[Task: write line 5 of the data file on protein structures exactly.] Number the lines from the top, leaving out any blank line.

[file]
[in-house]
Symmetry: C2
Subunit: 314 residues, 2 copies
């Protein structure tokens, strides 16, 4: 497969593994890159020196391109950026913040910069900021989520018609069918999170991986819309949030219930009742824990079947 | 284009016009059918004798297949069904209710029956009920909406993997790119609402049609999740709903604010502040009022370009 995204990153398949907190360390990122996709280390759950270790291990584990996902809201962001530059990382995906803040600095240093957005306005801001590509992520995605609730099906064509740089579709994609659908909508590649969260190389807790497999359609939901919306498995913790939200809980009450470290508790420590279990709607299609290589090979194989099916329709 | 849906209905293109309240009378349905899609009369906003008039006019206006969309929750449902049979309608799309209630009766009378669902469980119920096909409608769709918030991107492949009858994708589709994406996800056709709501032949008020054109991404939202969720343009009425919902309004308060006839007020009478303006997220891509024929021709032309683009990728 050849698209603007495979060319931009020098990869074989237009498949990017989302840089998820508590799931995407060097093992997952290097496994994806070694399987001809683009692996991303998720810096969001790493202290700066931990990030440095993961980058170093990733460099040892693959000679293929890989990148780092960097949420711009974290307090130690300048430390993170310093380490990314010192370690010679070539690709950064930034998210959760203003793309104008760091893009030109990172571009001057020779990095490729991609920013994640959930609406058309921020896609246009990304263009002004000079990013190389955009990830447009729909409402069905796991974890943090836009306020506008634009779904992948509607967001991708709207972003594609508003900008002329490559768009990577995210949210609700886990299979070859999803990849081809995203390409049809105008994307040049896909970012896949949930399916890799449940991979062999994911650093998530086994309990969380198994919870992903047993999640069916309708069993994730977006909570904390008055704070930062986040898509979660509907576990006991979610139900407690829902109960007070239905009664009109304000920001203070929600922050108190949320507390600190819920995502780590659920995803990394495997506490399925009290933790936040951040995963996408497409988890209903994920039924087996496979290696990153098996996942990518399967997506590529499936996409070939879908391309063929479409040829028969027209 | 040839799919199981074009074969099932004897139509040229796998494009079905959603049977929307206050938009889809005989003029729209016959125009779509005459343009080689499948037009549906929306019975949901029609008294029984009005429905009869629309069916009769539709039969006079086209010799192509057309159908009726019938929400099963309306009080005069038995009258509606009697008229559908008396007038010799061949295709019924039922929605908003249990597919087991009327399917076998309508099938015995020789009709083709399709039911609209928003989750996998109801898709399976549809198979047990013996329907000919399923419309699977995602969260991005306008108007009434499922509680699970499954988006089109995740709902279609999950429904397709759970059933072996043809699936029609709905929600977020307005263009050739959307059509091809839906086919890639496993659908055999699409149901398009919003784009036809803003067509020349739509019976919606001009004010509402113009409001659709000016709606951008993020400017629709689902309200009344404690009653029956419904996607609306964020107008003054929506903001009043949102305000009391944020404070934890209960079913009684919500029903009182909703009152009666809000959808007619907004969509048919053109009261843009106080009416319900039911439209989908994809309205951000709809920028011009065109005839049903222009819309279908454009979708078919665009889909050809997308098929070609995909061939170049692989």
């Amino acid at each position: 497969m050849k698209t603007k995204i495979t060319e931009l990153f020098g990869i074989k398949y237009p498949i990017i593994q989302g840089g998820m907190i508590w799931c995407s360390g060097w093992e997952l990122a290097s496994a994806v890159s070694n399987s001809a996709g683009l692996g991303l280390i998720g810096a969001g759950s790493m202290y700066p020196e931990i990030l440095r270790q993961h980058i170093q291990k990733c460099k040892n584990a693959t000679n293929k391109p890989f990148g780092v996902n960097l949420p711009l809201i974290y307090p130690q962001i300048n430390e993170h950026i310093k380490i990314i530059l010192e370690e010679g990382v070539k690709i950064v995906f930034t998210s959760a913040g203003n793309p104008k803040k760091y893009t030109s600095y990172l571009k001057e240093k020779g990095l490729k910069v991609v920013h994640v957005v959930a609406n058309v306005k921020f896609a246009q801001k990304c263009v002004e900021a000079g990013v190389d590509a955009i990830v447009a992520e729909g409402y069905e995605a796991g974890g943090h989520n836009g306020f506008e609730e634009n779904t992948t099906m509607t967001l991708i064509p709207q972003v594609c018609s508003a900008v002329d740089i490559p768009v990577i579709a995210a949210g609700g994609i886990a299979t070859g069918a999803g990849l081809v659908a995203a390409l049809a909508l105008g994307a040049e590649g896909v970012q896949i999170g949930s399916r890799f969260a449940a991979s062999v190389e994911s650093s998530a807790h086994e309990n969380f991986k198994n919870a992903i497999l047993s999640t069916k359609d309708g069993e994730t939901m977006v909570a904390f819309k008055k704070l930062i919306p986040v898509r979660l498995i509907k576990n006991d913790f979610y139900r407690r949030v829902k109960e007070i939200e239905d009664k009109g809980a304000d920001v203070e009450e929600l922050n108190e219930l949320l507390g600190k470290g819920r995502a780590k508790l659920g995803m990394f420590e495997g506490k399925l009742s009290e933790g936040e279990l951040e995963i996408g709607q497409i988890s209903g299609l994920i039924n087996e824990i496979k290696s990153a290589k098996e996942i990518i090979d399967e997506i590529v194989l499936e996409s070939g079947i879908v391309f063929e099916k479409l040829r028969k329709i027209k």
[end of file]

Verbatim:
């Amino acid at each position: 497969m050849k698209t603007k995204i495979t060319e931009l990153f020098g990869i074989k398949y237009p498949i990017i593994q989302g840089g998820m907190i508590w799931c995407s360390g060097w093992e997952l990122a290097s496994a994806v890159s070694n399987s001809a996709g683009l692996g991303l280390i998720g810096a969001g759950s790493m202290y700066p020196e931990i990030l440095r270790q993961h980058i170093q291990k990733c460099k040892n584990a693959t000679n293929k391109p890989f990148g780092v996902n960097l949420p711009l809201i974290y307090p130690q962001i300048n430390e993170h950026i310093k380490i990314i530059l010192e370690e010679g990382v070539k690709i950064v995906f930034t998210s959760a913040g203003n793309p104008k803040k760091y893009t030109s600095y990172l571009k001057e240093k020779g990095l490729k910069v991609v920013h994640v957005v959930a609406n058309v306005k921020f896609a246009q801001k990304c263009v002004e900021a000079g990013v190389d590509a955009i990830v447009a992520e729909g409402y069905e995605a796991g974890g943090h989520n836009g306020f506008e609730e634009n779904t992948t099906m509607t967001l991708i064509p709207q972003v594609c018609s508003a900008v002329d740089i490559p768009v990577i579709a995210a949210g609700g994609i886990a299979t070859g069918a999803g990849l081809v659908a995203a390409l049809a909508l105008g994307a040049e590649g896909v970012q896949i999170g949930s399916r890799f969260a449940a991979s062999v190389e994911s650093s998530a807790h086994e309990n969380f991986k198994n919870a992903i497999l047993s999640t069916k359609d309708g069993e994730t939901m977006v909570a904390f819309k008055k704070l930062i919306p986040v898509r979660l498995i509907k576990n006991d913790f979610y139900r407690r949030v829902k109960e007070i939200e239905d009664k009109g809980a304000d920001v203070e009450e929600l922050n108190e219930l949320l507390g600190k470290g819920r995502a780590k508790l659920g995803m990394f420590e495997g506490k399925l009742s009290e933790g936040e279990l951040e995963i996408g709607q497409i988890s209903g299609l994920i039924n087996e824990i496979k290696s990153a290589k098996e996942i990518i090979d399967e997506i590529v194989l499936e996409s070939g079947i879908v391309f063929e099916k479409l040829r028969k329709i027209k």